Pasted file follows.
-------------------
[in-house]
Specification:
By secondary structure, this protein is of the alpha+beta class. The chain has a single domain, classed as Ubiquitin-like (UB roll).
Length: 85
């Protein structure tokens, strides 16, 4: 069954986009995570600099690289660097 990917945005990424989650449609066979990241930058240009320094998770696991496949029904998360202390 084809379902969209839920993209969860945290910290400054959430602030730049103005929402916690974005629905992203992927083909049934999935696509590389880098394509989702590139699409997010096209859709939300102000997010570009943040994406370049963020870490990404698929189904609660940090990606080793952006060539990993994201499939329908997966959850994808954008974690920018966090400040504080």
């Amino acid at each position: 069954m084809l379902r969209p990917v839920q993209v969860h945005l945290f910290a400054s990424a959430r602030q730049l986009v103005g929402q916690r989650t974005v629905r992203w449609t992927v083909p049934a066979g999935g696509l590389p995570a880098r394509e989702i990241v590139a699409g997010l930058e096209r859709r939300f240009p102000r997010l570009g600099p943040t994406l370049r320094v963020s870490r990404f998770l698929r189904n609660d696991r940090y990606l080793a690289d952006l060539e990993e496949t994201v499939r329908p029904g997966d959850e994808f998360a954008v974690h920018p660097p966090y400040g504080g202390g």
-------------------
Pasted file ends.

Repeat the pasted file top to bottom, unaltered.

[in-house]
Specification:
By secondary structure, this protein is of the alpha+beta class. The chain has a single domain, classed as Ubiquitin-like (UB roll).
Length: 85
């Protein structure tokens, strides 16, 4: 069954986009995570600099690289660097 990917945005990424989650449609066979990241930058240009320094998770696991496949029904998360202390 084809379902969209839920993209969860945290910290400054959430602030730049103005929402916690974005629905992203992927083909049934999935696509590389880098394509989702590139699409997010096209859709939300102000997010570009943040994406370049963020870490990404698929189904609660940090990606080793952006060539990993994201499939329908997966959850994808954008974690920018966090400040504080």
């Amino acid at each position: 069954m084809l379902r969209p990917v839920q993209v969860h945005l945290f910290a400054s990424a959430r602030q730049l986009v103005g929402q916690r989650t974005v629905r992203w449609t992927v083909p049934a066979g999935g696509l590389p995570a880098r394509e989702i990241v590139a699409g997010l930058e096209r859709r939300f240009p102000r997010l570009g600099p943040t994406l370049r320094v963020s870490r990404f998770l698929r189904n609660d696991r940090y990606l080793a690289d952006l060539e990993e496949t994201v499939r329908p029904g997966d959850e994808f998360a954008v974690h920018p660097p966090y400040g504080g202390g």